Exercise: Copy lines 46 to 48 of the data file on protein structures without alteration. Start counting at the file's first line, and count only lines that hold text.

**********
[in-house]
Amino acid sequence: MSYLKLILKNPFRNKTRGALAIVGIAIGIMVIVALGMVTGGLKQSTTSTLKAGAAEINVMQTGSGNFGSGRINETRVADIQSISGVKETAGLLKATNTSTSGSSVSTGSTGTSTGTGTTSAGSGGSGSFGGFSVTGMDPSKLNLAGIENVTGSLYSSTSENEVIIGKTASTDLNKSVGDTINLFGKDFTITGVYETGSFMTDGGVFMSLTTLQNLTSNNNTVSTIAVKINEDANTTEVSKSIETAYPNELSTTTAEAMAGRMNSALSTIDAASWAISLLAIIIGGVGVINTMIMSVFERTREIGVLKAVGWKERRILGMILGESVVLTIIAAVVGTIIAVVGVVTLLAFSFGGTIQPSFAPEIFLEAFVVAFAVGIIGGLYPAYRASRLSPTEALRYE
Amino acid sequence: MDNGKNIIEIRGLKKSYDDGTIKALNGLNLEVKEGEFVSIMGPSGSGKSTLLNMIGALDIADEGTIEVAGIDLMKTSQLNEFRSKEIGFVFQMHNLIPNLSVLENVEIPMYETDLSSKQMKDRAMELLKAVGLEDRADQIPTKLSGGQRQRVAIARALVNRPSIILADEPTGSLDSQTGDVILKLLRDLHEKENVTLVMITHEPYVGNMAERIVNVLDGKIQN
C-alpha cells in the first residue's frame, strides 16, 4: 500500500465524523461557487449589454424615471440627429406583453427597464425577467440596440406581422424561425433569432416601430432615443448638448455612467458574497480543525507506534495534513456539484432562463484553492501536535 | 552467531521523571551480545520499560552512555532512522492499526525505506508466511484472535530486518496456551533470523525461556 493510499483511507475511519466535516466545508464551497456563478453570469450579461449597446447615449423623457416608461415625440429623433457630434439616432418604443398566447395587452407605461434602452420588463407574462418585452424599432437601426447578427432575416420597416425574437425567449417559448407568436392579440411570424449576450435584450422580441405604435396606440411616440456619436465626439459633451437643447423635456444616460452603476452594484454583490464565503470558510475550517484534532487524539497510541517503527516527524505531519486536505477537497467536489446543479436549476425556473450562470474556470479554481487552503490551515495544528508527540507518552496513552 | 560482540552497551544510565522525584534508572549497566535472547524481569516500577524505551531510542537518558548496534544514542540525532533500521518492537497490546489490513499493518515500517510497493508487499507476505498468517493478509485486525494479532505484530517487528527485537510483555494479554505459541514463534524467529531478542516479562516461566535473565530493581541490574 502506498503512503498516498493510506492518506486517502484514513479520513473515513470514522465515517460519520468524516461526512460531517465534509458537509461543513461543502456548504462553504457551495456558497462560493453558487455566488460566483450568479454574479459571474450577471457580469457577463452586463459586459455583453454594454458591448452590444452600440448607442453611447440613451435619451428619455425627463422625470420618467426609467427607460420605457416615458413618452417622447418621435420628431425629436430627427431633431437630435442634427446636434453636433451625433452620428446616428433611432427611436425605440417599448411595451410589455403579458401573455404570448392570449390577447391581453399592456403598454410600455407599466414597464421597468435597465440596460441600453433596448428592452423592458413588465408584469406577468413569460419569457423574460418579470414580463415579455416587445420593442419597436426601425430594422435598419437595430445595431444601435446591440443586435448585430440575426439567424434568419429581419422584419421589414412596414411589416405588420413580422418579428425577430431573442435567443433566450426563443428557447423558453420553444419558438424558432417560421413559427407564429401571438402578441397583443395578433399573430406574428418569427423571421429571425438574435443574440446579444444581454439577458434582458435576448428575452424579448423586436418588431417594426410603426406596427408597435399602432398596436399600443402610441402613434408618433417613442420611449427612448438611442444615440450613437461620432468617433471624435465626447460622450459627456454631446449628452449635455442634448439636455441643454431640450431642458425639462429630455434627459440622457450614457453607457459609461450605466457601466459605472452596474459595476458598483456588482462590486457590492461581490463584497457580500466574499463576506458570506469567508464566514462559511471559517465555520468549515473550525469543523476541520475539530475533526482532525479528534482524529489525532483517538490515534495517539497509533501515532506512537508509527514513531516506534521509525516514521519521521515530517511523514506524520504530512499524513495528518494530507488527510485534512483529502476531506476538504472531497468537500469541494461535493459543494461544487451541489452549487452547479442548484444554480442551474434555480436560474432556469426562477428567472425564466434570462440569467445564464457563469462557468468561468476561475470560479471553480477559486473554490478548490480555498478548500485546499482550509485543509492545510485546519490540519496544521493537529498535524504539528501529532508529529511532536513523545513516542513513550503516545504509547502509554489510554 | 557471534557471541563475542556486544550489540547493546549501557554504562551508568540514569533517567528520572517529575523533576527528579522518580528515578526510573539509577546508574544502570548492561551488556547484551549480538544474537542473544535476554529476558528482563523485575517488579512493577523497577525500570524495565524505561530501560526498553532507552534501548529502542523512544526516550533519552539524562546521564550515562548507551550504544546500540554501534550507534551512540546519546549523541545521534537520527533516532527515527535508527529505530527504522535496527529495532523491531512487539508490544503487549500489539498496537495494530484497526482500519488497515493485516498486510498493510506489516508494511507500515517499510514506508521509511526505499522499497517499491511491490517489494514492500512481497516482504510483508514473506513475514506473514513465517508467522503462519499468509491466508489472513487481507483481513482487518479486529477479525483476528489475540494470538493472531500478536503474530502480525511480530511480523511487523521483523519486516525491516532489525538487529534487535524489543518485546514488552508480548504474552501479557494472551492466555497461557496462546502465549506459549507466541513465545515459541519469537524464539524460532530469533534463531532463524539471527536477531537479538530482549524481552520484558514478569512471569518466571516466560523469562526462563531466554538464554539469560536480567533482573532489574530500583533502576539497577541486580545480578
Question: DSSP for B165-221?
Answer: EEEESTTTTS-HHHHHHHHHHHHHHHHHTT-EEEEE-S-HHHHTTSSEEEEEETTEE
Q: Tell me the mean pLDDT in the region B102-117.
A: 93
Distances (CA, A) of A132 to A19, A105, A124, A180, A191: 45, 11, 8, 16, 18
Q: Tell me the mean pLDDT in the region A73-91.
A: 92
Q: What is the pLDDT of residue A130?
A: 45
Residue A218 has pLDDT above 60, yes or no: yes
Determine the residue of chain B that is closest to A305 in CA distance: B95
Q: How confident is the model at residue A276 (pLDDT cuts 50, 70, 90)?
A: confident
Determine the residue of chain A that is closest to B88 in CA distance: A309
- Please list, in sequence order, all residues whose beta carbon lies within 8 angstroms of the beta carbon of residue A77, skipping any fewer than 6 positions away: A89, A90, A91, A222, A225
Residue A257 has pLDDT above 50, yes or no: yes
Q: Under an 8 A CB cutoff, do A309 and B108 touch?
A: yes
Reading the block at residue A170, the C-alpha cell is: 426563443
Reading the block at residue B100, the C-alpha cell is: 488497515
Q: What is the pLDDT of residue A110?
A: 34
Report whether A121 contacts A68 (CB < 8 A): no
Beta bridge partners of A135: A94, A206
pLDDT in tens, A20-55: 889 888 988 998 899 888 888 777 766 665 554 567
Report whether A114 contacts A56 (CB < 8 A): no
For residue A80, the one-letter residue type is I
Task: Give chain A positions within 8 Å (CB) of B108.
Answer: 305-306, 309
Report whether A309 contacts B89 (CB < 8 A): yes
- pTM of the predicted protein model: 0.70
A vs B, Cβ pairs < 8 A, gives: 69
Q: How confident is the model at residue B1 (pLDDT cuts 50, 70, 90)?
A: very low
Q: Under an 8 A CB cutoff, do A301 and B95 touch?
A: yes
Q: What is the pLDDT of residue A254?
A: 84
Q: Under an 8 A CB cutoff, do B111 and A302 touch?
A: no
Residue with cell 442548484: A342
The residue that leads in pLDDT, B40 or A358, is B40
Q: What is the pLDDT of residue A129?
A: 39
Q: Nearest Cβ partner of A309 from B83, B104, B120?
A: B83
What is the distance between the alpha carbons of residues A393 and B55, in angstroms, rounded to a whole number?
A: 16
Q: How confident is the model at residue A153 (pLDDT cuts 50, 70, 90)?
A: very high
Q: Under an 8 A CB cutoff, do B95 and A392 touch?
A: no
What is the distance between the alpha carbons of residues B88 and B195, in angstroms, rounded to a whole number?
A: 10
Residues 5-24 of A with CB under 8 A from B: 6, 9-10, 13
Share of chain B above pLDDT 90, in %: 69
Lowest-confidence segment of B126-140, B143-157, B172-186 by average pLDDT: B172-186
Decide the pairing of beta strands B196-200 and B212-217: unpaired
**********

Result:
The residue that leads in pLDDT, B40 or A358, is B40
Q: What is the pLDDT of residue A129?
A: 39